For MMORPGs, developers tend to take what worked well for CRPGs, namely the visibility of statistics and tweaking the game experience to one’s preferences, and apply that more or less verbatim. You can still decide whether you prefer levelling your character through combat, through quests, or whether you prefer crafting instead of levelling. You can decide what skills to buy or use, within limits. The single-player experience in MMORPGs is just about as customizable as it’s been offline.

It is somewhat surprising to me, then, that the multi-player experience isn’t. It seems that when putting metrics that can be observed and advanced on the multi-player experience, developers seem to have found, by and large, only one method of doing so: pitting players against each other in combat and have leaderboards for that.

And that’s fine, for those players who are competitive and prefer the combat part of MMORPGs to all other aspects. But it’s really not as varied as the single-player experience. And it could be, without much effort. And I think it’s down to a fallacy in thinking.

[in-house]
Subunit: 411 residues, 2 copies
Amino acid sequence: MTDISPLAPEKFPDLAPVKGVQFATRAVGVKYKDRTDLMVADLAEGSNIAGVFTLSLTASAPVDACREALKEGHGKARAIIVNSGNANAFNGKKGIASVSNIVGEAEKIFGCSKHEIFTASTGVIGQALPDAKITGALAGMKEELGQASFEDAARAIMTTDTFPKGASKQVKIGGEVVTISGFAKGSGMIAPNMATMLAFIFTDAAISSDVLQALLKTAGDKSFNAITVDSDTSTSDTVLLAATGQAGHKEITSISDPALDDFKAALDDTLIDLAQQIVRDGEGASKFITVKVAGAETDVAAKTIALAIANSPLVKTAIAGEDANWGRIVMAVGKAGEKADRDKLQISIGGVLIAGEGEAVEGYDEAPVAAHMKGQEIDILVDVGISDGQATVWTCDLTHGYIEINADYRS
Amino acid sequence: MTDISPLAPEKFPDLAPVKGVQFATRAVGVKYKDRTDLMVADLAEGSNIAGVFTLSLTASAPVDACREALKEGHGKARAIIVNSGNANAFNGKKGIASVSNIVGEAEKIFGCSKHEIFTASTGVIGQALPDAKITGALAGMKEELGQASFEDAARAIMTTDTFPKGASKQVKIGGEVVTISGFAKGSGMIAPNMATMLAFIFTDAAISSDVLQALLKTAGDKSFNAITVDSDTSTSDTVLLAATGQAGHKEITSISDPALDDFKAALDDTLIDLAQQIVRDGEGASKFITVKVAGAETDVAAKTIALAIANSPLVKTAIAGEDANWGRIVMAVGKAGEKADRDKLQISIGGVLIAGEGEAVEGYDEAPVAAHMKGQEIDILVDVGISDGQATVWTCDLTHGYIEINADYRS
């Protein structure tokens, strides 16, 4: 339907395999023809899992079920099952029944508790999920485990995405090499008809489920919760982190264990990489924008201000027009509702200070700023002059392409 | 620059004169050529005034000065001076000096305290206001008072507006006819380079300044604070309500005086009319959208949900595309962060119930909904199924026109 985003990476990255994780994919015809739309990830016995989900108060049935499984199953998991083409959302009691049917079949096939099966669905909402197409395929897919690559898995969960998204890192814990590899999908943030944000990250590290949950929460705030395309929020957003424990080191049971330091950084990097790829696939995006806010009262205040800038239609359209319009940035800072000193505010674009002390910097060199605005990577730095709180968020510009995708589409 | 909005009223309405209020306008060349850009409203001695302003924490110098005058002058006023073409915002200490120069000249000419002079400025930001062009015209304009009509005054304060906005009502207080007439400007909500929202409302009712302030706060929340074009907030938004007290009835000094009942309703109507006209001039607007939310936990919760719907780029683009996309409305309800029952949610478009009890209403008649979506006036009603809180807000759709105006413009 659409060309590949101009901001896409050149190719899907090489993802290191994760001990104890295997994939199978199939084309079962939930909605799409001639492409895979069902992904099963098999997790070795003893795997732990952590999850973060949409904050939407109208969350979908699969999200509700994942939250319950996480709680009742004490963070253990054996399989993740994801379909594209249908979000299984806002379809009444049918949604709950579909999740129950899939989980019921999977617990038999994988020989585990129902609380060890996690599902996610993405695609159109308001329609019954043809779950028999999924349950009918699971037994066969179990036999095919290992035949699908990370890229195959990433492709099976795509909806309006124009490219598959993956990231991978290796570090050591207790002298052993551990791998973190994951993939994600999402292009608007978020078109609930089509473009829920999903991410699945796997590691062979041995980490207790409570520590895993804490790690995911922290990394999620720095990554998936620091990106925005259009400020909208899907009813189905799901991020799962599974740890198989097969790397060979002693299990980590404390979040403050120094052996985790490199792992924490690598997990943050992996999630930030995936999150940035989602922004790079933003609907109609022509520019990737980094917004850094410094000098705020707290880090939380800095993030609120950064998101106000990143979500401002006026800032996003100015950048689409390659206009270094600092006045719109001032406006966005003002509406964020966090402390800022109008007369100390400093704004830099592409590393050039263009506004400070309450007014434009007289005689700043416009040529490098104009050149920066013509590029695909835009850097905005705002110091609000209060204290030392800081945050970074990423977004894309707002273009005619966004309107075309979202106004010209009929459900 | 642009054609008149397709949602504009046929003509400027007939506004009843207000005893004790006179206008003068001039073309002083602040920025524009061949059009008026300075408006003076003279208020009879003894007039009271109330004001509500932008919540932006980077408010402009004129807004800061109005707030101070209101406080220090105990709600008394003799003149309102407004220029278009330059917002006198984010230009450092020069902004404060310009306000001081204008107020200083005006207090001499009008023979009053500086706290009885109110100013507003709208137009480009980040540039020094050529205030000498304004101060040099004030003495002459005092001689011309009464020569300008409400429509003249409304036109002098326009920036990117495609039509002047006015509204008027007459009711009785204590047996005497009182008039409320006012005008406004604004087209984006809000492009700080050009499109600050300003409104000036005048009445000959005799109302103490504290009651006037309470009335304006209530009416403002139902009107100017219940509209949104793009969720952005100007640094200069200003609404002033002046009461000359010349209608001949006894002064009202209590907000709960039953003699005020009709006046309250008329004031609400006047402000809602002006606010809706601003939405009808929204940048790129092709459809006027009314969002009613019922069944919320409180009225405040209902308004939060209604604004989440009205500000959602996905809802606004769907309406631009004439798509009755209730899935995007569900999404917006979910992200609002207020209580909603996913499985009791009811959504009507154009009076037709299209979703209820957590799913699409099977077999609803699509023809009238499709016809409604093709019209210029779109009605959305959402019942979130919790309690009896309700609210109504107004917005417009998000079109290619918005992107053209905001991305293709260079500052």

1. I should note that I still loved the game. I’m not really complaining here, just stating my preference for the climbing. []
  2. With brightly coloured red and blue pipes reminiscent of Mirror’s Edge. []
  3. This is not entirely true. The difficulty level in the Uncharted games, for example, influences only the combat part of the game; for a climbing fan, it’s possible to play the game through with little or no combat challenge. []
  4. It’s possible that we’ll get sufficiently good AI in future, or that we mitigate this issue somewhat by providing user-created content, but for the time being, this limitation is very real. []

  • Andy